Yes, this is very much an important philosophical matter. Inquiry into why one exists usually involves a combination of metaphysics (inquiry into what exists) and value theory. There are two major schools of thought about why you or the cosmos exists, and multiple alternatives in between. On the one hand there are teleological accounts of the cosmos, according to which you and the cosmos exist for some purpose or value. In many religions (e.g. Judaism, Christianity, Islam), this purpose or value is goodness itself. To put things a bit simply, the reason why the cosmos (including you) exist is because it is good (or, putting it differently, it is better that the cosmos exists rather than not exist). These relgions generally understand God as essentially good and thus beleive that the cosmos (despite its evil) is the result and is sustained by a good divine reality. On the other hand, there are non-teleological accounts of the cosmos, which claim that there is no purposive end or value as to why the cosmos exists. On this view, there are causal accounts as to why you exist (perhaps involving physics and biology) but there is no purposive moral or religious or aesthetic end involved.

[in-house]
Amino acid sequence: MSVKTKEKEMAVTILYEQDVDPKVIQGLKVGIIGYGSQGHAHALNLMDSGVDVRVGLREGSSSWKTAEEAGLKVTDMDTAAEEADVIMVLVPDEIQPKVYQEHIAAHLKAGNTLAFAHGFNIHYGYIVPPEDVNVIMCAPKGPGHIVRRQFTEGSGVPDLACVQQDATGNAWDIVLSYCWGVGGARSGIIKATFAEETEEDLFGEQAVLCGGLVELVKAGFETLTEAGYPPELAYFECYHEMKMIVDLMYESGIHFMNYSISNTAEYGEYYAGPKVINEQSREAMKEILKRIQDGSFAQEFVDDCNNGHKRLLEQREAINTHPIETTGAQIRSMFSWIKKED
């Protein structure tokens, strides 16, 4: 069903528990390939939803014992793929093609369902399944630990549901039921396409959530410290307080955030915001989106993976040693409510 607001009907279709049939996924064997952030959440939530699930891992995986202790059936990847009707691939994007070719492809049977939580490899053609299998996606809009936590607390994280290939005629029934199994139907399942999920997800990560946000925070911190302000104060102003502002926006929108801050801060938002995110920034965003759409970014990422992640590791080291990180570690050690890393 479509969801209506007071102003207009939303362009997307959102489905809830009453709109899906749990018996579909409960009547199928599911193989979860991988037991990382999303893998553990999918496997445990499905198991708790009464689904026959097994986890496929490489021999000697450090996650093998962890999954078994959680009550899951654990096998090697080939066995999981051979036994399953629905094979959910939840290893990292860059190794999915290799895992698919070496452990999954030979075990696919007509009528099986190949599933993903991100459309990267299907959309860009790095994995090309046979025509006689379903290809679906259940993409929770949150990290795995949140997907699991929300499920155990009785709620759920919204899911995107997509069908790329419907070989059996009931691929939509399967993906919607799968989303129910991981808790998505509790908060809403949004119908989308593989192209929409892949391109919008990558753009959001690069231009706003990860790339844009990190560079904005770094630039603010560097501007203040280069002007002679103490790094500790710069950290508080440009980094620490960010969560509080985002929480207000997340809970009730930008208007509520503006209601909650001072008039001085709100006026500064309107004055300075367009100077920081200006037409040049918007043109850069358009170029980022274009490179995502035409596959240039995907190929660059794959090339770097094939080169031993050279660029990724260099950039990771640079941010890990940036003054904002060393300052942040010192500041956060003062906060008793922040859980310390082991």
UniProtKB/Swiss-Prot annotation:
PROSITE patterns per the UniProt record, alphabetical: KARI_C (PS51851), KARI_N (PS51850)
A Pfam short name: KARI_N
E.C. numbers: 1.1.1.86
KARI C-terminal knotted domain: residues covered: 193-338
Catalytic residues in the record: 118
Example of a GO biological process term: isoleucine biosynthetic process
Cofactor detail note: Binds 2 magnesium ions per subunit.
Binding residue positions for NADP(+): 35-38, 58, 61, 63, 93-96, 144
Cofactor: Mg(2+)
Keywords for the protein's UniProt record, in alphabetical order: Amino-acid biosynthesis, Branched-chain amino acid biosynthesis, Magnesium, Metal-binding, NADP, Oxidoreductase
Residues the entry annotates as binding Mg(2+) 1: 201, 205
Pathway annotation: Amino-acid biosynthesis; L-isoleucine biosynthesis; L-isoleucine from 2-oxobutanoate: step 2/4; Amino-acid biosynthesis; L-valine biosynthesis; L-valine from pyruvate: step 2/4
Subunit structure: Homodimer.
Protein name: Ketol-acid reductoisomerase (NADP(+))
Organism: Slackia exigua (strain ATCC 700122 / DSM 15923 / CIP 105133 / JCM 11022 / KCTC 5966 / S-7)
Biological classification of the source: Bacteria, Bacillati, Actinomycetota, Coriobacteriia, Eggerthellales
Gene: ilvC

Apart from metaphysics and value theory, your question is also taken up by philosophers under the general heading 'the meaning of life.' Thomas Nagel has a short book on this topic called (something like) 'what it all means.' You might check that out, Pasquale.
Highest regard, CT